Accessible to students studying automotive design, the classic-car collection of San Francisco’s Academy of Art University has generally been off-limits to the public, except for the occasionally scheduled tour. That’s about to change as the school converts the private collection into the San Francisco Automobile Museum, but doing so requires paring back the number of cars owned. At last weekend’s Mecum Las Vegas sale, 31 of the 45 cars offered from the collection found new owners, with four making their way into the sale’s top 10.
The sale’s topseller — a 1930 Bugatti Type 46 wearing a faux cabriolet body from Dutch coachbuilders Veth & Zoon — was part of the school’s collection, and sold for a fee-inclusive $1.012 million, becoming the only seven-figure car in the auction. Originally sold to C.D. Klos, a mussel farmer from the Dutch village of Yerseke, the Bugatti wore coachwork similar to Klos’ earlier automotive extravagance, a 1928 Bugatti Type 44.
Powered by a 5.4-liter straight-eight with a single overhead camshaft and three valves per cylinder, the Type 46 produced a claimed 140 horsepower. More grand tourer than sports car, the Type 46’s versatility and relative affordability (for a Bugatti, anyway) made it a popular model, and counting supercharged (Type 46S) variants, Bugatti built nearly 420 examples in seven years of production.
This particular Bugatti Type 46 spent the bulk of its life in the Netherlands, before selling to U.S. collector William Borchert Larson in 2004. Larson tasked U.K. classic-car specialists Alpine Eagle with the car’s restoration, a process that would stretch to six years and cost a reported $500,000. Sadly, Larson would not live to see the finished product, which made its debut appearance at the April 2010 Bugatti Owner’s Club “La Vie en Bleu” show. There, it took top honors in the concours, following up with a second win at the 2011 Bugatti Garden Party at the Prescott Speed Hill Climb.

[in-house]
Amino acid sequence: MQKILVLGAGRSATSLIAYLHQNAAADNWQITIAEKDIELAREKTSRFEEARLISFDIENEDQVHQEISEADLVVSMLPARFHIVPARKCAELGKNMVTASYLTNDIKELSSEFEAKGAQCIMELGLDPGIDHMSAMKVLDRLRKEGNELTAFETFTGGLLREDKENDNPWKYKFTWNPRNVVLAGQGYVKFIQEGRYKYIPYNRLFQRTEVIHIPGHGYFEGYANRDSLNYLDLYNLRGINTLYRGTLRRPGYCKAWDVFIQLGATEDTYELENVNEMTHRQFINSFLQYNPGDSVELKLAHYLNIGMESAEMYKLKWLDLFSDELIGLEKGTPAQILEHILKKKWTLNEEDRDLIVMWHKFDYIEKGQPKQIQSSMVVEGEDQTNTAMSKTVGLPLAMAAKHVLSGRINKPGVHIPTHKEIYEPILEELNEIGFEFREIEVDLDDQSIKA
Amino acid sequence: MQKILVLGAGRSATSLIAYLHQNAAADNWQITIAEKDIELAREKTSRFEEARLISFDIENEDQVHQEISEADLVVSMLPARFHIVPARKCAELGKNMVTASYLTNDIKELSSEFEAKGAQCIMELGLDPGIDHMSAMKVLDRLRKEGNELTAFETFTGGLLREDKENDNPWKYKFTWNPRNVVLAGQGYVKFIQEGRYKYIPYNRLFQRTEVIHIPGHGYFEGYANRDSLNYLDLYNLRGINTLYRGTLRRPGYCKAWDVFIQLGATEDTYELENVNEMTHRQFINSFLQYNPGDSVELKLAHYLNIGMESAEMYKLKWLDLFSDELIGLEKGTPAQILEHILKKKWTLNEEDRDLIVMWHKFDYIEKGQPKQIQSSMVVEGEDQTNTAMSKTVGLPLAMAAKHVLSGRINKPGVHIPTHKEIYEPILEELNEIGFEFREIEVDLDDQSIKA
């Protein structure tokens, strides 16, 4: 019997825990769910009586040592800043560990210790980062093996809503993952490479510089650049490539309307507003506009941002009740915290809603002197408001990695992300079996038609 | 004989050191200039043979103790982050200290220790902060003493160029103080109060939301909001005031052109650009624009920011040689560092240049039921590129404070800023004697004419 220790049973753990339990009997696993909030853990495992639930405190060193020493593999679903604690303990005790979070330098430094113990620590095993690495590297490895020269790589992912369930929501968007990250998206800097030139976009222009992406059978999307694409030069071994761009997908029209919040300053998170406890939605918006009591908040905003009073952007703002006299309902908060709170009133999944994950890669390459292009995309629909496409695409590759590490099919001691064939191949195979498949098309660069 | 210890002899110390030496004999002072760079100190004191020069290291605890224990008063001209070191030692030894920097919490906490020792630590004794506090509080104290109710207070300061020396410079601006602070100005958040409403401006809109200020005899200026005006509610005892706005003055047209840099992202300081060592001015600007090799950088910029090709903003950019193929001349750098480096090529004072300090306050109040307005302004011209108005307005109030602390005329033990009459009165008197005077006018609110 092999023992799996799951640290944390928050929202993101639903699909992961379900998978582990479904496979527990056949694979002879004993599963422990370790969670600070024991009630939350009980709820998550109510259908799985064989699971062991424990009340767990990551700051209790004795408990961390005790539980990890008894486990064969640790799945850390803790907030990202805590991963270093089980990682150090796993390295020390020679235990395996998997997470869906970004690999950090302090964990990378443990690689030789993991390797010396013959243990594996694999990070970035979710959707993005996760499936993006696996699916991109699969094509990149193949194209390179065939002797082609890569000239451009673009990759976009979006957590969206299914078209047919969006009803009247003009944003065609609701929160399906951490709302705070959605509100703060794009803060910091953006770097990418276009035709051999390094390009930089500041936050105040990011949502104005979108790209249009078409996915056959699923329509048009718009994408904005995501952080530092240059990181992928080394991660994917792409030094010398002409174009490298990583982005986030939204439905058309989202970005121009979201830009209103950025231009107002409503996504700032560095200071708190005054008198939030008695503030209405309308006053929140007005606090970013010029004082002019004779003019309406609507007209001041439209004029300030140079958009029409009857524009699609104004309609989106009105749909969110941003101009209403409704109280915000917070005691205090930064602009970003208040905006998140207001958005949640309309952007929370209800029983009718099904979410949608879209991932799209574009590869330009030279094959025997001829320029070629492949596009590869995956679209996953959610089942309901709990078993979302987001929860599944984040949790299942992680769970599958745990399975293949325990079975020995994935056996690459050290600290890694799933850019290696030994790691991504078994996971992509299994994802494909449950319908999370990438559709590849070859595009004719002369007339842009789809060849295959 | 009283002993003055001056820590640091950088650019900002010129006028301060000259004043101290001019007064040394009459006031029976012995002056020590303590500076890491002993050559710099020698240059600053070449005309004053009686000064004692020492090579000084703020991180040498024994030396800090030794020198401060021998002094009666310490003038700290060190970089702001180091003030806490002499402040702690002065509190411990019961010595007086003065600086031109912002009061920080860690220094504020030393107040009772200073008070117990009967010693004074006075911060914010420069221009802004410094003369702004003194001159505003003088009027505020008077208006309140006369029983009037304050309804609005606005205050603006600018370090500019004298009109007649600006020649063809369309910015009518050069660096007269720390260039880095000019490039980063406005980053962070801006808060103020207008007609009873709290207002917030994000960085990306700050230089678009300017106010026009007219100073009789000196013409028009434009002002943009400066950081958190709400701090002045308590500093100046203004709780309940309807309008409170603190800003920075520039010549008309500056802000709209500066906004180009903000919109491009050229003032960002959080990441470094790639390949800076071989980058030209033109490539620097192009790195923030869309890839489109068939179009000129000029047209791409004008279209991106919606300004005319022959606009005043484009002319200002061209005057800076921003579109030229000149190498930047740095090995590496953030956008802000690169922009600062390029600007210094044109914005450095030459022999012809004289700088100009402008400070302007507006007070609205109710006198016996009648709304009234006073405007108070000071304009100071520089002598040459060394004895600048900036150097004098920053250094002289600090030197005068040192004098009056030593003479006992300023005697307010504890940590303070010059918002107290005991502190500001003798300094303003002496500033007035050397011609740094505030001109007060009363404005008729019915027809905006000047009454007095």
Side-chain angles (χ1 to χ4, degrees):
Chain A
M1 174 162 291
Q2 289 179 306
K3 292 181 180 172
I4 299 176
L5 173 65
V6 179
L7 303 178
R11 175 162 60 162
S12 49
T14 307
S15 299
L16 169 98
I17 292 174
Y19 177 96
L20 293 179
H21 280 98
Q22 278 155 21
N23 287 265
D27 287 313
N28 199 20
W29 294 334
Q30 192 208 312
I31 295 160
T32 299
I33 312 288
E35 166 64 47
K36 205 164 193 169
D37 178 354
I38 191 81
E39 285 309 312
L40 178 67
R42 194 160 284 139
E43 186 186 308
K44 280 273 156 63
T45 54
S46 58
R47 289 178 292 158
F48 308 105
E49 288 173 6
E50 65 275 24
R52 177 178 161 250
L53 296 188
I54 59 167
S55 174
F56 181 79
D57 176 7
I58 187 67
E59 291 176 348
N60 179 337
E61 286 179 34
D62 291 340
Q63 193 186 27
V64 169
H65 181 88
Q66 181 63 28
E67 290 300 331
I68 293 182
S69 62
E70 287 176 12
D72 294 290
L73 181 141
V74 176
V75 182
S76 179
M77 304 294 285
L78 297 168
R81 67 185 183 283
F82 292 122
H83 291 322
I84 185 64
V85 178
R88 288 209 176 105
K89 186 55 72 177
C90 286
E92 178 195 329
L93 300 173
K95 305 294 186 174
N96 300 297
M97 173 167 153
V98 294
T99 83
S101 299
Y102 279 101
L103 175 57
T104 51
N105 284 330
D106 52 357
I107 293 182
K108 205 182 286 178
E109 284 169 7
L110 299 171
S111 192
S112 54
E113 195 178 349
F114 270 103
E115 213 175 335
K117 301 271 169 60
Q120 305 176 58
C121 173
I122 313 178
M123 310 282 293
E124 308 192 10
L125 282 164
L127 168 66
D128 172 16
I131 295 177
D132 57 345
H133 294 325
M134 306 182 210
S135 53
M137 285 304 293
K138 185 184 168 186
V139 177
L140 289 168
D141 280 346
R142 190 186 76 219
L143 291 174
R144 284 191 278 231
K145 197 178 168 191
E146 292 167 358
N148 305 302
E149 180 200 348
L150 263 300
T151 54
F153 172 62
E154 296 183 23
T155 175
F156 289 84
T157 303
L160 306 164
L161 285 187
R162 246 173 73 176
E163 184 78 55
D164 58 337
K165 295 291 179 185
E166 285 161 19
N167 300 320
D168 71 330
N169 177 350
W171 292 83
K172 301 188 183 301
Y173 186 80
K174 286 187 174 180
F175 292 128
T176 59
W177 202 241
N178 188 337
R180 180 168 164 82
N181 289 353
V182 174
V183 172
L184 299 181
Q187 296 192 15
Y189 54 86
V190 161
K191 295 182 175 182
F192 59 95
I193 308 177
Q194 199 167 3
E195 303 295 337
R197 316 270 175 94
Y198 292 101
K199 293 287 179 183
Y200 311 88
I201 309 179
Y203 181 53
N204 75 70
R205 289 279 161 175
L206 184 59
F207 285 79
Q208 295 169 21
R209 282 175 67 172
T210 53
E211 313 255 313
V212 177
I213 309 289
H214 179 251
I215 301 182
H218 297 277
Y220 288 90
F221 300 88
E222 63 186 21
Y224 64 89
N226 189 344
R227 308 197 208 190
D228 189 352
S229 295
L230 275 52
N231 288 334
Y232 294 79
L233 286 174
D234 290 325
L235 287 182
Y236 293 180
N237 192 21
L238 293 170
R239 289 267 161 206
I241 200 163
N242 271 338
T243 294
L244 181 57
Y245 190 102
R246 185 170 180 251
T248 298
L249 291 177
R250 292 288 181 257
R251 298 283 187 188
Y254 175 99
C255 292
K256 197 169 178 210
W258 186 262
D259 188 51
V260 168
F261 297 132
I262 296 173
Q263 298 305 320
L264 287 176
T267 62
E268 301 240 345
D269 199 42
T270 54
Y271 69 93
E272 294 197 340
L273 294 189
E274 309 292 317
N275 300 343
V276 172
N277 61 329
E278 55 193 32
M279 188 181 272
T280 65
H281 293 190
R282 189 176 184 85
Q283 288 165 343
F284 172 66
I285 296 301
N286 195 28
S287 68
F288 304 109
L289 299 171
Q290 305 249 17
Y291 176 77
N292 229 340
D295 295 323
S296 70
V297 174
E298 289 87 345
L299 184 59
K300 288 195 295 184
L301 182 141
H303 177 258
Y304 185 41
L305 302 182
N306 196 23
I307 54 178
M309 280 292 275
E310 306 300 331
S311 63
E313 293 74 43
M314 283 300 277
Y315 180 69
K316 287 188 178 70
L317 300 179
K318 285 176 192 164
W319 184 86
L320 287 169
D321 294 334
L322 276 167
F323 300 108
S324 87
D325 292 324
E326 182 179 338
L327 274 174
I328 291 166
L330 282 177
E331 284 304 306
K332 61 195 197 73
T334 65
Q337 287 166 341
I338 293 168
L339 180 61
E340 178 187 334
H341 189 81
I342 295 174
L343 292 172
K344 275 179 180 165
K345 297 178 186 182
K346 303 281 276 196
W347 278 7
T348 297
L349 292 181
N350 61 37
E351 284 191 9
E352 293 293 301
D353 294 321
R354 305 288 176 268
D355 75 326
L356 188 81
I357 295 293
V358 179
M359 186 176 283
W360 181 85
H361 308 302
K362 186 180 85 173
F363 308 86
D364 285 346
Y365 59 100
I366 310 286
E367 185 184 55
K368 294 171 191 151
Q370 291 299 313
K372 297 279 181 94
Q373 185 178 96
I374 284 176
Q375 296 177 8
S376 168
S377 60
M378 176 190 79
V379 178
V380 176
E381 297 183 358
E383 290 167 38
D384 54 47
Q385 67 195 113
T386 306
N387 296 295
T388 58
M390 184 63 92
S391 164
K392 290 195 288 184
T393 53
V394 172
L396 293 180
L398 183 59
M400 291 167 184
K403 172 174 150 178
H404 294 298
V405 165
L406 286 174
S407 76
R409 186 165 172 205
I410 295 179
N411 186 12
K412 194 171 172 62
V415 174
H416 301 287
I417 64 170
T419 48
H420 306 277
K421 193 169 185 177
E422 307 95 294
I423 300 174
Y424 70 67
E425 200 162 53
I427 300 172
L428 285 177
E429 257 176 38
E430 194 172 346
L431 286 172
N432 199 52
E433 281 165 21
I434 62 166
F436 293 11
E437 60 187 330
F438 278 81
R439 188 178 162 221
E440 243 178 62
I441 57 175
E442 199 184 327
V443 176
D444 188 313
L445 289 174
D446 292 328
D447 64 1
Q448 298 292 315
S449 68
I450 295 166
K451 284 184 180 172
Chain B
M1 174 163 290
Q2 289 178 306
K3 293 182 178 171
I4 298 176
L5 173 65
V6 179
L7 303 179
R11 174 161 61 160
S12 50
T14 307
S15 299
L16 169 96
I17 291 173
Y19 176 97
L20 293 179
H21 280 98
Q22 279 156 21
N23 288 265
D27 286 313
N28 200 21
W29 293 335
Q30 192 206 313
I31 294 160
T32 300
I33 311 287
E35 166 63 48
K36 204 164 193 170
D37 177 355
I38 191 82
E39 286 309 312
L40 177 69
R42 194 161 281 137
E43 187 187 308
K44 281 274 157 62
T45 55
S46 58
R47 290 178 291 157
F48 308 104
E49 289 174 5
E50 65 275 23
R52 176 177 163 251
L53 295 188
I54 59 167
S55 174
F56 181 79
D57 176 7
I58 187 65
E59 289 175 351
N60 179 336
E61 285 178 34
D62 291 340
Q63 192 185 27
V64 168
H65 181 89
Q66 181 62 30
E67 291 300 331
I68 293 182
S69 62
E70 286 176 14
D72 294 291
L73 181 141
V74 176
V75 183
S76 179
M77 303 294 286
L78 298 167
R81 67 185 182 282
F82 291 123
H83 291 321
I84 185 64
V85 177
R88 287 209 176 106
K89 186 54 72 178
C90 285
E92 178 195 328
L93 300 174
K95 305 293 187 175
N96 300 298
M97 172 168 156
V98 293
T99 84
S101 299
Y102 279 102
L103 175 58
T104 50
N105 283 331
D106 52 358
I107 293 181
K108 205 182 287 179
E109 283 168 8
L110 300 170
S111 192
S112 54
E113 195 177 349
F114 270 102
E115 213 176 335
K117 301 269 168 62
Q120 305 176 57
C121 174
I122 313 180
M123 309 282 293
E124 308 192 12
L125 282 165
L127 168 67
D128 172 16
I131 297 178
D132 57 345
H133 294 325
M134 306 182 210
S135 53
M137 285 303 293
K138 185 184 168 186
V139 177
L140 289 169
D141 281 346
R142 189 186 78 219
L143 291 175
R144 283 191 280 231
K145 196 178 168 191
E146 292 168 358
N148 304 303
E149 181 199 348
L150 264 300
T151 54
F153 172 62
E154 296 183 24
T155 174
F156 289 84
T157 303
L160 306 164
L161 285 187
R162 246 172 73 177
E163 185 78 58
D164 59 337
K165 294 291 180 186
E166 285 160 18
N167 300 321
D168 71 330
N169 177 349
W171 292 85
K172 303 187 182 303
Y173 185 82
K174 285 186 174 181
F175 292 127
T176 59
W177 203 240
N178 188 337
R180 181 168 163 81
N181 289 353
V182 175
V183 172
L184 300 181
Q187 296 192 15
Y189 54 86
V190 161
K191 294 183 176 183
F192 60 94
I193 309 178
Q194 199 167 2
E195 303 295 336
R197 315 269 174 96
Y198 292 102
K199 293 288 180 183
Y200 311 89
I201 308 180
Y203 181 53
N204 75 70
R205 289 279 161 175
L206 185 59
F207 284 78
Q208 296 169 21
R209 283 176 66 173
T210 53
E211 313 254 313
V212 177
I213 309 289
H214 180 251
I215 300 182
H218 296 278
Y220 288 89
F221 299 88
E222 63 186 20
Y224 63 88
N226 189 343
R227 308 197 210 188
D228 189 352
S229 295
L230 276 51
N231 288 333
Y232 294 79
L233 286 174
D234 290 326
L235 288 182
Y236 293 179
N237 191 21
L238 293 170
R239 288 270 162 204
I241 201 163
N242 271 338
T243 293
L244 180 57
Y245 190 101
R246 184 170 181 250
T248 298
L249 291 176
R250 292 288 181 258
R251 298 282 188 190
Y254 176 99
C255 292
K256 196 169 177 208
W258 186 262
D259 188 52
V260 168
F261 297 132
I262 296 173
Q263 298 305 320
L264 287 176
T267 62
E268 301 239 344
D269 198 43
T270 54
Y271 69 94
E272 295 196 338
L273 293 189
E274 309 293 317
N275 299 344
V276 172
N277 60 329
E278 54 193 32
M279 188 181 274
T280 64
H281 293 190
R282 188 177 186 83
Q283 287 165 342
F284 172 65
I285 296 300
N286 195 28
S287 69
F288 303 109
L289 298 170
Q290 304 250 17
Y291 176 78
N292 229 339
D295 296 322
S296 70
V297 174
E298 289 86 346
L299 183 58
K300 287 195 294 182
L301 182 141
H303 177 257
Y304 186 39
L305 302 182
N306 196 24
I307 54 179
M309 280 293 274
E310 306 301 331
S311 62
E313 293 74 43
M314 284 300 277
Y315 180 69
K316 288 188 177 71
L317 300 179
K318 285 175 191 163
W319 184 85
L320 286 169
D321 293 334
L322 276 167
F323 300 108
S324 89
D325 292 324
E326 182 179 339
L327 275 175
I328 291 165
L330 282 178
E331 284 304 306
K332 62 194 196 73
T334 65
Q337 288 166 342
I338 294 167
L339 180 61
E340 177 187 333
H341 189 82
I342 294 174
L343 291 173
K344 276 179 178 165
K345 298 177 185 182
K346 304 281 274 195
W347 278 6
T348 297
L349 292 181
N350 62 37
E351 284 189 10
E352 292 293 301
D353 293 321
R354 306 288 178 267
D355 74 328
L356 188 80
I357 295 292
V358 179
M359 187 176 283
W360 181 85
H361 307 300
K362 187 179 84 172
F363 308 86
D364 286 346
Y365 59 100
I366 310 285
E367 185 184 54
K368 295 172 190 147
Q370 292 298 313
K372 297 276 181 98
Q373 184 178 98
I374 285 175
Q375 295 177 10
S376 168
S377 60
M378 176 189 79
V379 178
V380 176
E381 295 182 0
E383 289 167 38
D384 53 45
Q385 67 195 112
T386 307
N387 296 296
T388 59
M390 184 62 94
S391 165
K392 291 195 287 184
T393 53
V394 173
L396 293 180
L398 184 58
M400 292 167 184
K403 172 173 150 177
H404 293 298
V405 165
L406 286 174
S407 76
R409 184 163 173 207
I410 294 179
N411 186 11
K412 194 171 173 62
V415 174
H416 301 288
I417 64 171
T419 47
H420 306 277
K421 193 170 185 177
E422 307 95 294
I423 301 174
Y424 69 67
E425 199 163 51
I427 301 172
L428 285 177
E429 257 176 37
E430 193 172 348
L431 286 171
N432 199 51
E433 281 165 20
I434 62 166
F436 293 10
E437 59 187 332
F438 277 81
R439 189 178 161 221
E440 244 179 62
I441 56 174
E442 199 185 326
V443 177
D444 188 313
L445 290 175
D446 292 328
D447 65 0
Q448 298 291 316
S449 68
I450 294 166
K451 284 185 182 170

1930 Duesenberg Model J, with a sweep panel phaeton body in the style of LaGrande.
The university’s 1930 Duesenberg Model J was second on the sale’s top-10 list, selling for a fee-inclusive $770,000. While a relative bargain for a Model J, the car’s value may have been impacted by its contemporary coachwork (in the style of a LaGrande sweep panel phaeton), added during a late-1970s restoration. In earlier forms, this Duesenberg is believed to have carried a Brunn Convertible Victoria body, and was originally delivered with a Rollston Town Car body.
1934 Packard 1104 Super Eight dual cowl sport phaeton.
The school’s 1934 Packard 1104 Super Eight dual cowl sport phaeton sold for $258,500, grabbing third place in the auction’s top 10, while a 1935 Pierce-Arrow Model 1245 Silver Arrow from the collection sold for $214,500 to grab the sixth spot in the top 10. Lots from other consignors in the top 10 included a 1959 Mercedes-Benz 300D cabriolet, which sold for $244,750; a 1970 Plymouth Hemi ‘Cuda coupe, which sold for $220,000; a 1930 Cord L-29 cabriolet, which sold for $203,500; a 2012 Terradyne Gurkha RPV Level 7 armored vehicle, which sold for $198,000; a 1999 Lamborghini Diablo VT roadster, which sold for $187,000; and a 1959 Volkswagen Deluxe 23-window bus, which sold for $181,500.
1966 Ford Ranch Wagon.
More affordable lots of interest included a 1978 Mercury Grand Marquis, which sold for $4,400; a 1928 Chrysler sedan, which sold for $6,600; a 1959 Austin A40 Farina, which sold for $7,425; a 1975 Chevrolet Monte Carlo, which sold for $5,500; a 1966 Ford Ranch Wagon, which sold for $8,250; a 1964 Chrysler Imperial Crown, which sold for $6,600; a 1947 Frazer Manhattan, which sold for $8,800; a 1966 Rambler Classic 770, which sold for $6,600; a 1941 Dodge pickup, which sold for $9,350; and a 1967 Oldsmobile convertible, which sold for $8,800.
For complete results from Las Vegas, visit Mecum.com.